Heritage Line Layout-a change of plan

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Re: Heritage Line Layout-a change of plan

Postby Bufferstop » Thu Jul 23, 2020 11:13 am

Not another change of plan! Yup, that's what happens when you make spur of the moment changes. If you look back a few posts youl'll see the mechanism that I built for operating the points. It worked well enough when tested but once it was connected up problems started to appear, the worst being inconsistent operation of the microswitches. so a re-design was called for. The goals were to keep the operating buttons in the same place, to eliminate as much lost motion as possible and to restrict under-baseboard activity to no more than tightening a couple of connector screws. Now how to do it.
Firstly I needed to minimise lost motion, which I worked out meant all operations to be on the push stroke, the pull stroke being all releasing, with some. That meant the linkage being in one straight line, at right angles to the track and as close to the bottom of the sleeper base as possible. Allowing for the layer of cork that meant sitting on the surface of the ply board. Also putting the microswitches the opposite way around so that their springiness would aid release.
How to connect the push button, to the operating rod around an inch above without going below the board, it was going to have to come over the front edge and down, without being too obvious. why I should be bothered by that I don't know, there's only me and members of the family likely to see it. Well lets look at the piccies
If you look carefully in this one you can see the wire (ex paper clip) coming from the back of the button turning 90 degrees and going into the connector. You can also see the three colour coded wires ready to attach to the switch.

Now here's the assembled pair of switches for the three way point. You can make out the piece of hard plastic, to which the switches are attached by 10BA screws nuts and washers. New microswitches, the one I hade are of unknown parentage and they wouldn't be too easy to change.

Now here they are fastened in position, glued down the bits of operating wire can be tweaked for adjustment. They are being inspected by a couple of construction types for a sense of scale. You can also see the wires that press on the switsh levers.

Finally look back to the first photo in this post ,the obviously repeated pattern adorning the face of the cutaway hill has a story. I asked myself "how would a not too wealthy railway, deal with and abandoned crumbling cliff face?" Well they used sleeper and old timber baulks for the bit on the right, but this is a bit bigger job. "My answer to myself was they'd probably put up a retaining wall made of rock filled steel baskets. Gabions I believe they are called. So I was fiddling about on the computer when Mrs W asked what were the "tessellations" for, that's what the arty types call repeated patterns. Which meant I explained how the wall would be built and how I would model it, Which led tome being challenged to produce one. There's a ready made one from Noch but I could buy one of the real life wire baskets for what the model of three would cost. So it's make your own time, I have a plan. :roll: oh no not another plan :roll:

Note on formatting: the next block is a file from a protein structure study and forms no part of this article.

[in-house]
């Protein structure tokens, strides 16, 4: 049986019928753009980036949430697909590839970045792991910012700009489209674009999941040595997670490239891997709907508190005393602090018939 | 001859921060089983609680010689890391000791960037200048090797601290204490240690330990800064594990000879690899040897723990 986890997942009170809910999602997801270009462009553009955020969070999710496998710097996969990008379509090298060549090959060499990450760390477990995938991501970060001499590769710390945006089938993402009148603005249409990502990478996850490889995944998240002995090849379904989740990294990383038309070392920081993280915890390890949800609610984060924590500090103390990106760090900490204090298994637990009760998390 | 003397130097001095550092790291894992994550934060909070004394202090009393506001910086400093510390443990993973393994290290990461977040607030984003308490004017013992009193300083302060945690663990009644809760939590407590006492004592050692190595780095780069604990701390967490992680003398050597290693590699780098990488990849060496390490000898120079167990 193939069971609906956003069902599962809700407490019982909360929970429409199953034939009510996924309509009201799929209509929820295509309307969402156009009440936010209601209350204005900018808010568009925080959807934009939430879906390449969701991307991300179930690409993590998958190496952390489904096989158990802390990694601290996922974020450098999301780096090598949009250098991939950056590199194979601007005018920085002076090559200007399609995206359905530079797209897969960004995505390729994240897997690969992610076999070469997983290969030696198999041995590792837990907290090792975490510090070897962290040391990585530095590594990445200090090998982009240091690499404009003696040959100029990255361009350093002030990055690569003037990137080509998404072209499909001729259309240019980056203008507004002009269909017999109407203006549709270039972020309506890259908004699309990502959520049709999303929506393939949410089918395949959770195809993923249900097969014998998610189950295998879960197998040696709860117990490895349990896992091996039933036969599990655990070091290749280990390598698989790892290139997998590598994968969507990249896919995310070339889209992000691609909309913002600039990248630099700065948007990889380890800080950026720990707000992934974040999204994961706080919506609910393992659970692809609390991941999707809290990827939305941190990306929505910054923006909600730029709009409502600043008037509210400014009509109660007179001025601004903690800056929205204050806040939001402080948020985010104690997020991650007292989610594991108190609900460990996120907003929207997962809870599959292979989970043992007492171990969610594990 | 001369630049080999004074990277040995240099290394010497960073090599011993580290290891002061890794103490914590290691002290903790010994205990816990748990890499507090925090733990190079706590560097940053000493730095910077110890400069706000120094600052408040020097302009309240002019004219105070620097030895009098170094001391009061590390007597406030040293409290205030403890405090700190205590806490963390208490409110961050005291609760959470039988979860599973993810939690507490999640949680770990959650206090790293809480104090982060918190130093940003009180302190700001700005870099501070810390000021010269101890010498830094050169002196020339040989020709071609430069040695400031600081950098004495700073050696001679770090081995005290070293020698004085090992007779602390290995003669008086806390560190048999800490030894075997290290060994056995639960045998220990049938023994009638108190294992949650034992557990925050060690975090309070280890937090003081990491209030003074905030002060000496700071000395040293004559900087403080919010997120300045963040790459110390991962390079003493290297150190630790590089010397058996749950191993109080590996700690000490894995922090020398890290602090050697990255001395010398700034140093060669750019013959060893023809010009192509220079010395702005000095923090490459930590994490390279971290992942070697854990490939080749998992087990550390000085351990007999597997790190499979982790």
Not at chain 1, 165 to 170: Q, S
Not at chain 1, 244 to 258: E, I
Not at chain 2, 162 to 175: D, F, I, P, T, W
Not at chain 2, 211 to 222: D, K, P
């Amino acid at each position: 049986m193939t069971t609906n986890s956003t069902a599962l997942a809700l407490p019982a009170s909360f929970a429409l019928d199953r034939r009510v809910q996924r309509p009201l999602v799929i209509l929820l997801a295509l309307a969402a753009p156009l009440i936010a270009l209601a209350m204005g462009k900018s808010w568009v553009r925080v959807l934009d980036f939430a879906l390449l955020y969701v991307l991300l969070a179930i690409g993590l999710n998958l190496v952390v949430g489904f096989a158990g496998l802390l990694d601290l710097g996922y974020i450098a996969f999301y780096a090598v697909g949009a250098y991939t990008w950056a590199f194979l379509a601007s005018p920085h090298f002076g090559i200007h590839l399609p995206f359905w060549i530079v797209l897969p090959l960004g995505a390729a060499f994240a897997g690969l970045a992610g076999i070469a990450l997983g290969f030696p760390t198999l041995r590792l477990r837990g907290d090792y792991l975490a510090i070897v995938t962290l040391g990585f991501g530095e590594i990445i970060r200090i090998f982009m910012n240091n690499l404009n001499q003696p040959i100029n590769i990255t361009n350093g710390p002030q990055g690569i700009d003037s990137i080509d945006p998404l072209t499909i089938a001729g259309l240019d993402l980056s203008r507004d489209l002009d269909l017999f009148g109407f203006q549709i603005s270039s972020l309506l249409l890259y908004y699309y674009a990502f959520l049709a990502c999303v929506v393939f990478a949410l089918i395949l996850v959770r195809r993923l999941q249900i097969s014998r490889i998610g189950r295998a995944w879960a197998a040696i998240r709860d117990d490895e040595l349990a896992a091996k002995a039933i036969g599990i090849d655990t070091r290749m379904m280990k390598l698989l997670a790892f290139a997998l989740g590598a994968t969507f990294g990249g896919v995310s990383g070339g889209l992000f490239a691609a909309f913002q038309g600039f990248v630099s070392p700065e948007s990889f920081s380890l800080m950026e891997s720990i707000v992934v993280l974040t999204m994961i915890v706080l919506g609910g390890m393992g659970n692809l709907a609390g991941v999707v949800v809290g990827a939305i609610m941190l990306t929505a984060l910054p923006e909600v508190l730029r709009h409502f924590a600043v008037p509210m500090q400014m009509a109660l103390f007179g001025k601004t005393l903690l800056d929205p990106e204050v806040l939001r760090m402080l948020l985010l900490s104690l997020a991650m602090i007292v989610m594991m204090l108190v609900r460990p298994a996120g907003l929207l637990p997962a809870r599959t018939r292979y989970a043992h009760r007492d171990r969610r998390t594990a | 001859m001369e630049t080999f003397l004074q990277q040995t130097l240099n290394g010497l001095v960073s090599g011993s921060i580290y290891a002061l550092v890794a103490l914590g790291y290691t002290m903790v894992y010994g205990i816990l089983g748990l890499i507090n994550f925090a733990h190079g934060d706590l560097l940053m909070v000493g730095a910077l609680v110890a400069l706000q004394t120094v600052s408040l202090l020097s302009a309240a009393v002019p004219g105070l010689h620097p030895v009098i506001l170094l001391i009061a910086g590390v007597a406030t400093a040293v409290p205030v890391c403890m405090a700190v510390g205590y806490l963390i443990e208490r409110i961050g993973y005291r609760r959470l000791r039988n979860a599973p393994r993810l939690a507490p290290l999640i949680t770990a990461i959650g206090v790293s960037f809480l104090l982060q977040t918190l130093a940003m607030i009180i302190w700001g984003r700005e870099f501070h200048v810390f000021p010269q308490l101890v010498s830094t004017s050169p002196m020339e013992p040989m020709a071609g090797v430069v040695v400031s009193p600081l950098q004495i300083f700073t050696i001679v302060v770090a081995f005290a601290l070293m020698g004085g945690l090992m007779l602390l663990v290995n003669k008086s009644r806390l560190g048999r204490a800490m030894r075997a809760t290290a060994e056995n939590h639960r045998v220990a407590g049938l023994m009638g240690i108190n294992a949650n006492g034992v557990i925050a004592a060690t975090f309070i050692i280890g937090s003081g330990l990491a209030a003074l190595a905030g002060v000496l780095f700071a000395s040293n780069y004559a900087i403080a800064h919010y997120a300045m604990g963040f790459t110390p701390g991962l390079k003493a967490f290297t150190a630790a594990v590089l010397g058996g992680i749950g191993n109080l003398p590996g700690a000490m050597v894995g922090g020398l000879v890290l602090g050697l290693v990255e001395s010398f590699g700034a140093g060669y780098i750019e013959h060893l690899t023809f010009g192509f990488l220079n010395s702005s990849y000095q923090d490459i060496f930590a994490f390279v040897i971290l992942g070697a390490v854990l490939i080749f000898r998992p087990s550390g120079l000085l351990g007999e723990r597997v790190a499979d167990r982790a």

Growing old, can't avoid it. Growing up, forget it!
My Layout, My Workbench Blog and My Opinions

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Re: Heritage Line Layout-a change of plan

Postby glencairn » Thu Jul 23, 2020 11:24 am

Bufferstop wrote:Not another change of plan! Yup,r own time, I have a plan. :roll: oh no not another plan :roll:

Plans may go awry, but at least there is a plan. :) Whilst there are plans a layout gets stronger and much better. Carry on the good work. :)

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Re: Heritage Line Layout-a change of plan

Postby Bufferstop » Wed Aug 05, 2020 5:31 pm

About time for another update, I'm collecting materials for the rock filled wall, meanwhile I just couldn't ignore the bit along the very front of the board. Well here it is, shock horror three rail track,
Compressed 3 Rails.jpg
Compressed 3 Rails.jpg (160.54 KiB) Viewed 173 times

Fear not I'm not yet regressing to my childhood Hornby Dublo, the answer is here.
Half a mixed gauge point.
Compressed Half a point.jpg
Compressed Half a point.jpg (174.78 KiB) Viewed 173 times

Nothing clever it's a left hand Peco 009 point. I removed the curved point blade, cut the stock rail and bent it inwards to meet up with the frog. Then I chopped out a section of rail and sleepers and inserted the half point to make up the missing rail. I had to replace the rail joiner which served as a hinge for the blade and it's a bit clunky so I may be reworking it later for now it works.
Wiring was dead simple it's just like a left hand point. I treated the left hand rail as the common return and put in a switch to change the controller from standard to narrow gauge rails, There's little danger of wanting to run two trains at once.
Here's the rest of the new bit looking remarkably full.
Compressed The Yard.jpg
Compressed The Yard.jpg (156.42 KiB) Viewed 173 times

At the front of the narrow gauge track is the sole narrow gauge motive power a Kato 4 wheel chassis, which one day may get a tram engine body.
Compressed Decauville.jpg
Compressed Decauville.jpg (155.04 KiB) Viewed 173 times

as you can see the little Decauville steamer is loaded up and on it's way to Boston Lodge for some attention from Narrow Gauge steam fitters.
Now I can't put it off for any longer I have the 2mm square mesh so I'll have to have a go at bending up 1/76th one metre cubes and fill them with budgie grit.
Growing old, can't avoid it. Growing up, forget it!
My Layout, My Workbench Blog and My Opinions

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